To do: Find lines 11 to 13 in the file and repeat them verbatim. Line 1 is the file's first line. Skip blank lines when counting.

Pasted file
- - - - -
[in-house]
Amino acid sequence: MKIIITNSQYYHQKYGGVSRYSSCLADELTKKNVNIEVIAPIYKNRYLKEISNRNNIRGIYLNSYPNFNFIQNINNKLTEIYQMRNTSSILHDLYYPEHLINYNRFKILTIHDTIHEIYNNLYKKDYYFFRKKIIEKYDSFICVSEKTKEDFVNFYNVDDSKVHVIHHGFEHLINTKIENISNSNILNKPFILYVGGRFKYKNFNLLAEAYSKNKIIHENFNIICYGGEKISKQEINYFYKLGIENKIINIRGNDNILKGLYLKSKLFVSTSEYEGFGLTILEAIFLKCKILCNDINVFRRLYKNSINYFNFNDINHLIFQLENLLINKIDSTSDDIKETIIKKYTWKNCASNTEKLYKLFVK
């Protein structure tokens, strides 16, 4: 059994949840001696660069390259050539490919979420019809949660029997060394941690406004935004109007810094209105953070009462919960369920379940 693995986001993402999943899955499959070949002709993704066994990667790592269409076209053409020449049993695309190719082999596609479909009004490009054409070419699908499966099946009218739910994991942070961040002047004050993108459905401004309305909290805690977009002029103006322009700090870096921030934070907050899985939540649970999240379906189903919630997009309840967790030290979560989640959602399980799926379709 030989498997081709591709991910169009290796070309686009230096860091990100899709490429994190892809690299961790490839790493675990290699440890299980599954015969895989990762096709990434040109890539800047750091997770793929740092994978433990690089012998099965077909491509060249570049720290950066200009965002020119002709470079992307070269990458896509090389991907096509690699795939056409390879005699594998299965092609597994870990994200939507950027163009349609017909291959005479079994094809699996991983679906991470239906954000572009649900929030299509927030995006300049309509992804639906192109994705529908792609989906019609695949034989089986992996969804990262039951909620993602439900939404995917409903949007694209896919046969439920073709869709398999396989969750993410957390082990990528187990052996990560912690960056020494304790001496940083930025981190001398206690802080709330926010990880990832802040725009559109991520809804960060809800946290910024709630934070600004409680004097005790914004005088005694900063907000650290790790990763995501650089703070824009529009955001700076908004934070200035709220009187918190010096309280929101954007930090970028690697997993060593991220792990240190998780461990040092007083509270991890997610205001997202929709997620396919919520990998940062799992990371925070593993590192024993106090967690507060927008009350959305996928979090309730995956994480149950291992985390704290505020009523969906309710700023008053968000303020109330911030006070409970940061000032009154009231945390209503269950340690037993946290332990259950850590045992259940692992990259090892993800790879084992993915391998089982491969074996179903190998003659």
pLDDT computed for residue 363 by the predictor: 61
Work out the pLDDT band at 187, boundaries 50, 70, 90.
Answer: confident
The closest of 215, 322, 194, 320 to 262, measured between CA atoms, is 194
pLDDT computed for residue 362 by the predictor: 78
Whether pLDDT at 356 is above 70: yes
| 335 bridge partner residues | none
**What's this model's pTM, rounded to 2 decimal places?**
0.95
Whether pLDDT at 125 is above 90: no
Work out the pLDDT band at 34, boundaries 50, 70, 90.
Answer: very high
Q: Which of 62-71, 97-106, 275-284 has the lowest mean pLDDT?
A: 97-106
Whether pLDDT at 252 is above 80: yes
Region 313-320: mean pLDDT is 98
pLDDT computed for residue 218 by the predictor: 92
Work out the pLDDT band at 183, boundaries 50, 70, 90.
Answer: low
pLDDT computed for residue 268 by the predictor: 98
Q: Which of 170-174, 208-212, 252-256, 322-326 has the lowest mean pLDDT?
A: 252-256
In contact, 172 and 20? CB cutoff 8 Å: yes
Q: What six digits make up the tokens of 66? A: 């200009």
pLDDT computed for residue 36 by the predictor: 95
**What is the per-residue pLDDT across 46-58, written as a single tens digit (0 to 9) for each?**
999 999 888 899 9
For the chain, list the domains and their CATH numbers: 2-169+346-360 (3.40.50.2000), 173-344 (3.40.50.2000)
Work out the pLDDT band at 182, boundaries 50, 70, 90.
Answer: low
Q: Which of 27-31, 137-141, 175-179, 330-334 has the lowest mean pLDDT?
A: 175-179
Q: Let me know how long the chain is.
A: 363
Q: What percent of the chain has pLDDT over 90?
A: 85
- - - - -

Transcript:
**What's this model's pTM, rounded to 2 decimal places?**
0.95
Whether pLDDT at 125 is above 90: no